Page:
Glass Versus Plastic Containers - A Packaging Machinery Manufacturer's Viewpoint

In designing and creating packaging machinery for a wide range of industries and products, the team at Liquid Packaging Solutions works with bottles and other containers from small to tall, thin to fat and straight to tapered. These containers also come in a range of materials, though almost all of them can be tagged as either glass or plastic. While there are a number of differences between these two materials, there are a couple of traits that always recur when working with one over the other.


The manufacture of the bottle itself can be an important part of choosing and manufacturing the correct packaging machinery for production. While both glass and plastic will obviously work with the packaging machinery built by LPS, the focus will shift slightly depending on which material is being used for the given project. When working with glass bottles, the packager and machinery manufacturer must be aware that the consistency may vary from bottle to bottle, both internally and externally. If glass bottles vary in interior volume, using an overflow filler could lead to variations in product volume from bottle to bottle. On the other hand, using a gravity type filler may lead to correct volumes but fill levels that vary from bottle to bottle. The inconsistent interior fill must simply be taken into account, with numerous other factors, when selecting the ideal filling machine for the project at hand.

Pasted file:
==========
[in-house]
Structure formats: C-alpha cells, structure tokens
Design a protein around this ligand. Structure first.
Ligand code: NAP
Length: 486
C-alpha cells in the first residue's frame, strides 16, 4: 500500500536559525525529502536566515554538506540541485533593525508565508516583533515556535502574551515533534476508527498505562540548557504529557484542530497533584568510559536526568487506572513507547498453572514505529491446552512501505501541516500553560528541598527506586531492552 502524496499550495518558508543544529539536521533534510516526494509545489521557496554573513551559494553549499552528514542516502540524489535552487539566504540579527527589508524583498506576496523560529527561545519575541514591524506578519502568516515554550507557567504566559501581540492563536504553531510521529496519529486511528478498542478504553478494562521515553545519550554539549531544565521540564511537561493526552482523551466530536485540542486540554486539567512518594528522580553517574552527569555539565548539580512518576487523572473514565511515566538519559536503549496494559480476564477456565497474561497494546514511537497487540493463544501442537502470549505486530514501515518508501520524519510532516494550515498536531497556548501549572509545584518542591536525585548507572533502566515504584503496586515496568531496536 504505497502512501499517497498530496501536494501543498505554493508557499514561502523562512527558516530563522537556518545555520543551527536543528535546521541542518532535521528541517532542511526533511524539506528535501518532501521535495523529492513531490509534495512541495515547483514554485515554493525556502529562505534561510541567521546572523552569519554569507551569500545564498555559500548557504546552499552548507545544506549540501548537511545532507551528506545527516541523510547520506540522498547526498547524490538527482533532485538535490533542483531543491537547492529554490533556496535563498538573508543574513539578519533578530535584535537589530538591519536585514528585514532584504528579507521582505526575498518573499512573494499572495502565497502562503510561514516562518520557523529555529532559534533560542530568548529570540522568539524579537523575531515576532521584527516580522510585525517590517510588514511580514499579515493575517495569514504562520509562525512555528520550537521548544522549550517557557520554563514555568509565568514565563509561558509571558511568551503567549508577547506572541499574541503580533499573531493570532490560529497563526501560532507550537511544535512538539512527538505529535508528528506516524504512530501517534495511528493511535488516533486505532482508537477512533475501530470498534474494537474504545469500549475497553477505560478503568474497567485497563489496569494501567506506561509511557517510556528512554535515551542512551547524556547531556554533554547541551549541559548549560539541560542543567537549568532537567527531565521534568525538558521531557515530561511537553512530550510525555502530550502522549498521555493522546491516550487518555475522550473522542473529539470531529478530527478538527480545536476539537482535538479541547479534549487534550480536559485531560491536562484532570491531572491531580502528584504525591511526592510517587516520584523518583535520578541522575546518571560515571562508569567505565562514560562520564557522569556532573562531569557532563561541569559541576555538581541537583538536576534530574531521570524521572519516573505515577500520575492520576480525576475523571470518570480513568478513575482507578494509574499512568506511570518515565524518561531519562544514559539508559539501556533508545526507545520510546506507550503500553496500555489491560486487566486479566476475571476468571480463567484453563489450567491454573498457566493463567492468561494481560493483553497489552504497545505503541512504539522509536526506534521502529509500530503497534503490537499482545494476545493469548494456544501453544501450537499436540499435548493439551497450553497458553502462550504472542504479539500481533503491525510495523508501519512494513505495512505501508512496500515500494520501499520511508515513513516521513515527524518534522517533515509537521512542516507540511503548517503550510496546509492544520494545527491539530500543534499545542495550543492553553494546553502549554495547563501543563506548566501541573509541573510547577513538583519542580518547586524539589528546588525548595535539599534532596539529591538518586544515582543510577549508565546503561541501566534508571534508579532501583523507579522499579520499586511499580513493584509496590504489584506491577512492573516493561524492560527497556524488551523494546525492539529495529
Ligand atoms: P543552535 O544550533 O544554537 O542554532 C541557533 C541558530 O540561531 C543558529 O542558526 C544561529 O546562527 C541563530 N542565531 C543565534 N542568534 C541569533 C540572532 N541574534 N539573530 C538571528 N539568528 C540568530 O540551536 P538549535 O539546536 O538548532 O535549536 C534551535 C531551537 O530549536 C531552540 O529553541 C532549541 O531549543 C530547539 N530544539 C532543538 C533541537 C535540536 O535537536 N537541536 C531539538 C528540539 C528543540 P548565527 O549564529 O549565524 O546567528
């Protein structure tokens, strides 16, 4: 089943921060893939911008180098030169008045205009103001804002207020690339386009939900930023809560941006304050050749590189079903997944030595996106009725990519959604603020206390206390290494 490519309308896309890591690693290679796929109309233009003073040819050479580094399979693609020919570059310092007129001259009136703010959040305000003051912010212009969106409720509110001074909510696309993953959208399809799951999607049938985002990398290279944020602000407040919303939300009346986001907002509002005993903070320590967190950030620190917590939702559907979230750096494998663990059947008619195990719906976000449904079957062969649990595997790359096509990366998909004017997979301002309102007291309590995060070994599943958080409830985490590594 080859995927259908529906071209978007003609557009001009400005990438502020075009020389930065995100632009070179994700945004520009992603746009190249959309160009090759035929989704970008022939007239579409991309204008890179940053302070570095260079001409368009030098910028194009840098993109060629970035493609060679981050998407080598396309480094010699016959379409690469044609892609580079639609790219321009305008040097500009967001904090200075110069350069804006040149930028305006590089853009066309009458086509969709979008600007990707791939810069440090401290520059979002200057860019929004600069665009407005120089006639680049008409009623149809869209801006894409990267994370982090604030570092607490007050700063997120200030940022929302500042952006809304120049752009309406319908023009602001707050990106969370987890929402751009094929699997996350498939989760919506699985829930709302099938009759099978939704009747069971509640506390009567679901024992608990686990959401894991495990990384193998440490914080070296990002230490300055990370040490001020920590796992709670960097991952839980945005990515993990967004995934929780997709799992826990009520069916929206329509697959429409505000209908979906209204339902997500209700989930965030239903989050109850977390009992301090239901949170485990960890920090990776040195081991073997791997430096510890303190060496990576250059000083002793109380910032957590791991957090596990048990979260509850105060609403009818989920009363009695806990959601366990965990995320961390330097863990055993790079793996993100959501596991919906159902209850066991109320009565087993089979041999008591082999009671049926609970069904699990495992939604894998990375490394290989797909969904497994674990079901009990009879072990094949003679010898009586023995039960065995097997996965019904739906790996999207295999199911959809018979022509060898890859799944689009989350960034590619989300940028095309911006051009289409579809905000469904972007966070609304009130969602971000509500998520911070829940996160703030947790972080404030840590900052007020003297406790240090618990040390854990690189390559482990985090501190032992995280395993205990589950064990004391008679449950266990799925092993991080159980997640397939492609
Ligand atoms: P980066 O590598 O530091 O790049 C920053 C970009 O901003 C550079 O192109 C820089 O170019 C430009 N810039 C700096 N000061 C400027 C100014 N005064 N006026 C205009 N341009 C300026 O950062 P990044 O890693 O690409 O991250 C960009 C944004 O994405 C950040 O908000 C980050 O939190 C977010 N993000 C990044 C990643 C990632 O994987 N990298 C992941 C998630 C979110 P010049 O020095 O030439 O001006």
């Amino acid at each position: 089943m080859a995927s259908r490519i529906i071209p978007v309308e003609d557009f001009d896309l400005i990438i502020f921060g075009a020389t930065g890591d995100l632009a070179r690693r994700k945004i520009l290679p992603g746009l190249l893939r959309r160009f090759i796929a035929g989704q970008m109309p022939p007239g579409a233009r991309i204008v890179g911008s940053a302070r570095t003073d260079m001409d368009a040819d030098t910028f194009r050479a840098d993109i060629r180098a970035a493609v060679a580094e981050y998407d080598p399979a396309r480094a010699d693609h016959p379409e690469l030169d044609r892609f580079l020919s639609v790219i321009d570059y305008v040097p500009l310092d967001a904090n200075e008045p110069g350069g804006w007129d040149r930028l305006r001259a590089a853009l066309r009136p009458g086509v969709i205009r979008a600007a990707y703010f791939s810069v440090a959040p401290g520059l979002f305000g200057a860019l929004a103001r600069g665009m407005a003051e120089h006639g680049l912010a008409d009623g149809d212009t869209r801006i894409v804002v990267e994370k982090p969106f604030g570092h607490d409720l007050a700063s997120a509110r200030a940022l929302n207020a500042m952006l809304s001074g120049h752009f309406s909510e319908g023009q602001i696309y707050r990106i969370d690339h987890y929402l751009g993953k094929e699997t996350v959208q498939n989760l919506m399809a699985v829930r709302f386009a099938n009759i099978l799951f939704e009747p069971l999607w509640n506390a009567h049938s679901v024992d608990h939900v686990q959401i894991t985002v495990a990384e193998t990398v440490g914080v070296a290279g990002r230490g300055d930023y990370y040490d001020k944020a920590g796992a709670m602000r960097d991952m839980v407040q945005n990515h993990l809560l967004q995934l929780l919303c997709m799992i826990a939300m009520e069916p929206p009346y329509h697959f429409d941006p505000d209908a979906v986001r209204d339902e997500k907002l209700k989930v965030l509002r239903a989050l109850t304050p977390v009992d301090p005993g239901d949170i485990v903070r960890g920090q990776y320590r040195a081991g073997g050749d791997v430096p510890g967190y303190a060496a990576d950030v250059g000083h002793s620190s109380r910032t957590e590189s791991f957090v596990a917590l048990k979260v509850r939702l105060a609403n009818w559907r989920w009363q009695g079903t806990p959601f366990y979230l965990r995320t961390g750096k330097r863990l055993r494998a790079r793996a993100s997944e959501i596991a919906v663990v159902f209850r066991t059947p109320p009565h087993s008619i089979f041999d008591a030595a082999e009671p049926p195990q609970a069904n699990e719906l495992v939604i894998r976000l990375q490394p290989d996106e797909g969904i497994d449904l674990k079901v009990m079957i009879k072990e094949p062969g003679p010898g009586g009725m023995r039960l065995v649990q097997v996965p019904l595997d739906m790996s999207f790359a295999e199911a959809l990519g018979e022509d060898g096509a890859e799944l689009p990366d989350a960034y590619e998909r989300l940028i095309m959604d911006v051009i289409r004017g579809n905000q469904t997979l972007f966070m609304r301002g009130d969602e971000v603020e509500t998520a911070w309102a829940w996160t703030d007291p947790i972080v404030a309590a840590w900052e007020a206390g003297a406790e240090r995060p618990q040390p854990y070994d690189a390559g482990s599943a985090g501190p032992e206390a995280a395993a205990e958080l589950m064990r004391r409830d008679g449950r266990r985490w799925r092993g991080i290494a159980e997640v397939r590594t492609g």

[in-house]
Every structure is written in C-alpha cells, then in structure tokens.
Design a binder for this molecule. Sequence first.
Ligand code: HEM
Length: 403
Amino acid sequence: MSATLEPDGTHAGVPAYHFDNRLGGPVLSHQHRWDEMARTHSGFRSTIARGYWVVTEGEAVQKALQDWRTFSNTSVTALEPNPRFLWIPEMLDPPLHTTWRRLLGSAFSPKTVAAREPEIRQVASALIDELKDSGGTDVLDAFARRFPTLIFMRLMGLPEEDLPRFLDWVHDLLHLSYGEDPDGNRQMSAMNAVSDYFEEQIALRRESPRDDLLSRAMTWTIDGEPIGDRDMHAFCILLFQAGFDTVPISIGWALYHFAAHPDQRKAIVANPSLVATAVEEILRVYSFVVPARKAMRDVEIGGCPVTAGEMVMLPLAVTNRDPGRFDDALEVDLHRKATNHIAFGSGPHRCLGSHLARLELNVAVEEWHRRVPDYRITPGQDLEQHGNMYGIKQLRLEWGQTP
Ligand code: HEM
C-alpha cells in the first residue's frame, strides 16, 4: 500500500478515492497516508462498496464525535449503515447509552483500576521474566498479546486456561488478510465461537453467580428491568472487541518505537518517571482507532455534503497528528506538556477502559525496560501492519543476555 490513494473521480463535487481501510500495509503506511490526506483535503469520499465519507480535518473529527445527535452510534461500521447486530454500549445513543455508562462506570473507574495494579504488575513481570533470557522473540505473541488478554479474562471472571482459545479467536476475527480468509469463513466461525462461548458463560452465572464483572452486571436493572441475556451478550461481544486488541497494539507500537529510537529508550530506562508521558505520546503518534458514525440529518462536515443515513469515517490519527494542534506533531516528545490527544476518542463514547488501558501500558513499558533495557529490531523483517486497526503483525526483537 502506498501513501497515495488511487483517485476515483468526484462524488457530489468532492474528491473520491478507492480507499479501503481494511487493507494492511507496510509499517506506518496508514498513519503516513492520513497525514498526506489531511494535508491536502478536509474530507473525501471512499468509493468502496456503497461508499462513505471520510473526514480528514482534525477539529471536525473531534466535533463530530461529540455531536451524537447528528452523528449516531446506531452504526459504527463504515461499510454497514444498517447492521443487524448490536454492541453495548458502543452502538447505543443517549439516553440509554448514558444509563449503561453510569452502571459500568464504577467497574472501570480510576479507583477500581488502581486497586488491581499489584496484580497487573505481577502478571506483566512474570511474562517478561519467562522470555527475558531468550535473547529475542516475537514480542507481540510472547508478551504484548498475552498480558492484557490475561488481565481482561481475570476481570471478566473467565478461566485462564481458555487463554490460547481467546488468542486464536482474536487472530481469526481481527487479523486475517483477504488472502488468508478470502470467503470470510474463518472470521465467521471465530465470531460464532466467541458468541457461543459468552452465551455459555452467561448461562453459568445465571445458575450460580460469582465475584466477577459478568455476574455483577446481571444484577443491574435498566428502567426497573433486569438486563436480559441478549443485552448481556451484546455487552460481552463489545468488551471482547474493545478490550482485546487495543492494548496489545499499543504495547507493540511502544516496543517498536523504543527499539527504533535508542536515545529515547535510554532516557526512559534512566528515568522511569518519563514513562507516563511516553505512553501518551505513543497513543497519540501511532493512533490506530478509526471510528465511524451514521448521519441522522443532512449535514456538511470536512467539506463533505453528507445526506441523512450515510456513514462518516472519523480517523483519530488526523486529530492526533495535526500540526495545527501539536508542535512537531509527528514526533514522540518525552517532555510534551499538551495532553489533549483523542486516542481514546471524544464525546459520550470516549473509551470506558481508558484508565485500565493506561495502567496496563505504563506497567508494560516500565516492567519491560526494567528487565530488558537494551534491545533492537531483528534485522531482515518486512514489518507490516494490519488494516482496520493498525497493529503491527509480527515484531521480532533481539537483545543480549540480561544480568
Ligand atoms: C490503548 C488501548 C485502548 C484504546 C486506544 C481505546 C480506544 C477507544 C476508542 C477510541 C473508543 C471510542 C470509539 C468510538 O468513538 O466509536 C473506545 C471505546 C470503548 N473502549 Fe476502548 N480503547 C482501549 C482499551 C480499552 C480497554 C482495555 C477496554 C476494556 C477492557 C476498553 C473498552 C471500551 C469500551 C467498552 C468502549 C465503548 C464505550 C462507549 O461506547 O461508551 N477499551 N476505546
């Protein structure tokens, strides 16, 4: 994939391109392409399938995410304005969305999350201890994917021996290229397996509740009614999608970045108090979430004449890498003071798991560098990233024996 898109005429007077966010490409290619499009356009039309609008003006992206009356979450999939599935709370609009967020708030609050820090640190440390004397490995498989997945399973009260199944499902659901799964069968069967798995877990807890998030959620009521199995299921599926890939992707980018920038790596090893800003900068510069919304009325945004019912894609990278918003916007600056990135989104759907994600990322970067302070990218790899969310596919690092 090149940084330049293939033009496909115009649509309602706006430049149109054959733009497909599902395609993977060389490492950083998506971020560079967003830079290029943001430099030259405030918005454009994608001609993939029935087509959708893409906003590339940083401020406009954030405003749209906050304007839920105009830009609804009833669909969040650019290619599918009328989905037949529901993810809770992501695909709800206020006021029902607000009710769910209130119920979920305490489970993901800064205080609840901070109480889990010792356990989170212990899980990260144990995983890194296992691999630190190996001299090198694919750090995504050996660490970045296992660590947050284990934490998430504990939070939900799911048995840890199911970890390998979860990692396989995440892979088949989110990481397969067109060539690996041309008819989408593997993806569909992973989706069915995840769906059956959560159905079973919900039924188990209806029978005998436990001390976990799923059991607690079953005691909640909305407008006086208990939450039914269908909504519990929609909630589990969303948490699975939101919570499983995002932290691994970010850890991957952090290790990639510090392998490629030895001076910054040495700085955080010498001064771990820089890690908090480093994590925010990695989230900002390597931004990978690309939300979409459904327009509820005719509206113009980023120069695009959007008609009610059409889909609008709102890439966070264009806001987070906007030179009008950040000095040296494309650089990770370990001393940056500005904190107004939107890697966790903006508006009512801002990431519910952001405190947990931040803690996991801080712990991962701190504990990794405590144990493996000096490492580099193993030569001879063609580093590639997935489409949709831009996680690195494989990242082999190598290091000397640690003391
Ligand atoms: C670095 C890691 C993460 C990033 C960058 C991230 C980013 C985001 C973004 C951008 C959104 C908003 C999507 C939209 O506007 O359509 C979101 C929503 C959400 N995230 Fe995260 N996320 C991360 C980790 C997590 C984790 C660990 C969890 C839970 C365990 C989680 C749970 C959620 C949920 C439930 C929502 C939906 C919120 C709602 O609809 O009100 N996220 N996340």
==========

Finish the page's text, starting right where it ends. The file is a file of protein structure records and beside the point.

In addition to the interior volume, the exterior of the bottle may also vary from container to container when dealing with glass. Such inconsistencies can make labeling more difficult on glass bottles, causing off-center labels or wrinkles. Like the filler issue, this is not something that can not be overcome, but is normally an issue that must be considered when working with glass containers. In this area, plastic containers have a slight advantage over glass in that there will be less inconsistency from container to container when dealing with the plastic and the issues described above will be less pronounced, if they are an issue at all.


A second difference between glass and plastic containers often arises in transferring the containers down a power conveyor or through a packaging line in some other manner. The extra weight of glass bottles helps to keep them upright and secure as they progress through the packaging process. The lighter weight of the plastic bottle may require extra steps or components to keep containers stable. The main concern for a packaging machinery manufacturer is getting the empty plastic bottles to the filling machine. Once the bottles reach the filler, the extra weight from the product will help resolve any stability problems. Again, this is simply a recurring issue that both the packager and the manufacturer must be aware of and take into account when choosing the proper equipment for any given project.

Other differences between these two materials do exist. Concerns such as breaking, leaking or leaching may make one material type more advantageous or more desirable from a packager's point of view. However, as a manufacturer of machinery, LPS simply wants to ensure that the best equipment is designed and built for the unique project at hand. Learning about the container material being used is one of many steps taken to reach this goal.